From Alaska to Kent State, How Four Students Became Golden Flashes

Kent State University’s unique programs and majors have attracted students from all over the world, including a few from the largest state in the nation.Laura Haskins, a Kent State graduate student studying library and information science, stands on the beach in Seldovia on the Kenai Peninsula.

Currently, six students from Alaska – two undergraduate and four graduate – are taking classes from Kent State. Freshman aeronautics major Savannah Ramsey is more than 3,000 miles from her home in Juneau, Alaska. She says it took her four flights and nearly 12 hours to come to Kent State. 

Ramsey says she came to Kent State after looking at universities with air traffic control programs, including schools from Washington, North Dakota and Missouri.

“I knew I wanted to do air traffic control, and there are only so many schools that have a collegiate training program,” Ramsey says, “and Kent State has one of the best ones.”

Ramsey says she had to adjust to living in Kent, including getting used to changes in weather and in the drinking water. She says she has enjoyed meeting new people and becoming familiar with Northeast Ohio.

“There are just so many more things to do and places to go,” Ramsey. “When I talk to people on campus, some are from Ravenna or only live 15 minutes away. It’s nice being able to drive anywhere or go anywhere.”

Having the ability to drive around and visit different cities has been a big change for Ramsey because there are no roads connecting her hometown to the rest of Alaska. Because one must fly or boat in or out of it, it is considered a “de facto” island city.

The rest of Ramsey’s family still lives in Alaska. Eventually, Ramsey says, she hopes to study at the Federal Aviation Administration and return to Alaska to become an air traffic controller.

Junior fashion merchandising major Cepeda Woods, originally from Anchorage, Alaska, says her main reason for coming to Kent State was the School of Fashion Design and Merchandising, which is ranked as one of the top five programs in the country.

“The transition was hard at first, and I missed my friends and family back in Alaska,” Woods says. “After my first semester, I met a lot of great people and started getting involved. Now, I feel like I can claim Kent, Ohio, as my home.”

Woods says that people are often surprised to hear she is from Alaska and typically have misconceptions about what life is like there.

“People are always surprised to find out that I actually lived in a city in Alaska,” Woods says. “They always ask me weird questions like if I have Twitter in Alaska or if it’s always dark there. Ohio is different from Alaska; it’s not that different.”

In addition to students taking classes on campus, Kent State has attracted students who still live in Alaska and are taking classes online.

Kerry Halvarson, a graduate student studying library and information science (M.L.I.S.) with the school licensure online, says she found out about Kent State when looking at the American Library Association’s recommended schools. Halvarson, who is in Fairbanks, Alaska, is currently the acting librarian for the school at which she has taught for 28 years.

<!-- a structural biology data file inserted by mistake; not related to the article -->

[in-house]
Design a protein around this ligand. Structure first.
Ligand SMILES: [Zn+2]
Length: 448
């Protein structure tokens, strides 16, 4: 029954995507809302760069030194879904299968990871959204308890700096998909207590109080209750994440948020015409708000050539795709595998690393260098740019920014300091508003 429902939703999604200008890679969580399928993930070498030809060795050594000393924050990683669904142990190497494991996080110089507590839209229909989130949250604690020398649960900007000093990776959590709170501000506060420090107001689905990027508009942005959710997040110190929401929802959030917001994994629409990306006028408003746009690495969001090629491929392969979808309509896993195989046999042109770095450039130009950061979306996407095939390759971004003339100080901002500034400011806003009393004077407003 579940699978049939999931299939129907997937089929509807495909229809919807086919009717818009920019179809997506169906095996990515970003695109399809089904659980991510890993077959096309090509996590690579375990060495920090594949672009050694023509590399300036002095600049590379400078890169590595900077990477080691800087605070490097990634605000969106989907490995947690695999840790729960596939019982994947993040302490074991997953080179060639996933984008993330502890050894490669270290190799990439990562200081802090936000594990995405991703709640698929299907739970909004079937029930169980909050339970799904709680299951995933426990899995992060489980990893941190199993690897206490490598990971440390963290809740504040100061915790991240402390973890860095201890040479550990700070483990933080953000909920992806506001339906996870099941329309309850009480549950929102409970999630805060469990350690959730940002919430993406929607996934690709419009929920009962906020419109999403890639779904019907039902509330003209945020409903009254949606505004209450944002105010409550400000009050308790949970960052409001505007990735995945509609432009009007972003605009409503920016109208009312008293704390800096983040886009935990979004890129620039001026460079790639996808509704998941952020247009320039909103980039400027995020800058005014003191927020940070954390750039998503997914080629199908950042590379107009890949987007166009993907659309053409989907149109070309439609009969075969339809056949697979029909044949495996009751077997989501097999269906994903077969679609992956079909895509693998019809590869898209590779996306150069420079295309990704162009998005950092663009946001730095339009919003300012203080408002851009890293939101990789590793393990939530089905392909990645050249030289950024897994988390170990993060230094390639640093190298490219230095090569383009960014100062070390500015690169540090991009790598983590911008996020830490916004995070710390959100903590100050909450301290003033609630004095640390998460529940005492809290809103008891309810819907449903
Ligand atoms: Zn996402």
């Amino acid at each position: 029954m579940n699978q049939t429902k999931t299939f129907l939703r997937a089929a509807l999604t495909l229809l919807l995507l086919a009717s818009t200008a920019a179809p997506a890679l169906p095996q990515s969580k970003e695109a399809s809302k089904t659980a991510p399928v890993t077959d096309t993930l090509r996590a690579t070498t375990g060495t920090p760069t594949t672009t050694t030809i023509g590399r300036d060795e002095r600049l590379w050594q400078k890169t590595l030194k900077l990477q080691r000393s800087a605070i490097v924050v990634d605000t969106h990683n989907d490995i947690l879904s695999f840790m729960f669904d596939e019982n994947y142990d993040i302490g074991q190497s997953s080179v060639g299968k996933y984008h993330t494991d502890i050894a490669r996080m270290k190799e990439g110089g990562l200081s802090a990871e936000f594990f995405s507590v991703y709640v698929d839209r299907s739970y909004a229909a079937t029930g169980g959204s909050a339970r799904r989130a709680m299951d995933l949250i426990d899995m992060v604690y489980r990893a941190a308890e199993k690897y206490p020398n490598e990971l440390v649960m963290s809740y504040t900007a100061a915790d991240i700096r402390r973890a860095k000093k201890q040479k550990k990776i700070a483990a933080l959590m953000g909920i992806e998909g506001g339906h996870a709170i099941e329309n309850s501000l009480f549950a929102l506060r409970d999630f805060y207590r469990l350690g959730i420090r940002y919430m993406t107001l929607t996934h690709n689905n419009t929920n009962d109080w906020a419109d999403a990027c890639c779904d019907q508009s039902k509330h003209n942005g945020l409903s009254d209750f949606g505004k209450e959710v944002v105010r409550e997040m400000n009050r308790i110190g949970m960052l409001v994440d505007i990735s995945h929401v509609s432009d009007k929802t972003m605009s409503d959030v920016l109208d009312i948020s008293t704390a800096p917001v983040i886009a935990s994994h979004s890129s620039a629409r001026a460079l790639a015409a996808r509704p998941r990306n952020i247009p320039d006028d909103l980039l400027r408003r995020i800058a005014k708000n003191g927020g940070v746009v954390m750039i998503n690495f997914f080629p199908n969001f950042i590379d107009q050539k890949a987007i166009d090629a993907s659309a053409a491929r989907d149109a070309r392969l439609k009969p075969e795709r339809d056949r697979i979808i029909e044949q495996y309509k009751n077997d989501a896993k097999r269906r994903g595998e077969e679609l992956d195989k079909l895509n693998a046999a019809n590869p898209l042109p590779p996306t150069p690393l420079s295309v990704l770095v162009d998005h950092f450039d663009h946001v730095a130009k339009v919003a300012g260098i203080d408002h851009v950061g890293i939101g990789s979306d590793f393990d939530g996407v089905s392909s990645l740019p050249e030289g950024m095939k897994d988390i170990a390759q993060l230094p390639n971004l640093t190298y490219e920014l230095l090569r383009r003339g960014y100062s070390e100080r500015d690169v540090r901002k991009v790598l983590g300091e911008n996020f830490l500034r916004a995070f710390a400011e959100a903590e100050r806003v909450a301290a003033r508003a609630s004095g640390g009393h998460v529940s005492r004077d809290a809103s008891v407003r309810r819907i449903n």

“I chose Kent State over other programs because it was 100 percent online,” Halvarson says. “I was not interested in leaving Alaska, especially in our short but beautiful summers. I also was looking for a comprehensive and rigorous program for school libraries in particular.”

Halvarson says the biggest challenge she has faced with the program so far is the four-hour time difference.

“Instructors have been understanding the few times this issue has arisen, but I do have to plan to get things done early to avoid late work due to technological issues,” Halvarson says.

“The tech services are really responsive to questions and troubleshooting, but I plan ahead,” Halvarson says. “I enjoy the rigorous classes, but I certainly couldn’t have done this program with kids still at home. I like that the other students are from various places and bring different perspectives. I feel like I definitely have gotten my money’s worth.”

After completing the program, Halvarson says she hopes to continue working in the school where she works now because she already has made positive changes for the staff and students. 

Laura Haskins, who lives in Seldovia, Alaska, is also a graduate student studying for an M.L.I.S. degree, but with a K-12 concentration.

Like Halvarson, Haskins says she found out about Kent State after searching online for an M.L.I.S. program because there is not one offered in Alaska.

“I was excited to find a 100 percent online program, and Kent State doesn’t charge out-of-state tuition for its online classes, which was a huge savings over the other programs I was looking at,” Haskins says.

Haskins says she also has enjoyed learning from her professors.

“I have really enjoyed the professors,” Haskins says. “They are very involved with the trends and research involved with librarianship, both nationally and internationally. I appreciate their experience.”

In the future, Haskins says she plans to stay in Alaska and pursue a school librarianship or a position at a public library as a children’s librarian. 

UPDATED: Friday, March 01, 2024 08:17 PM
Hanna Moore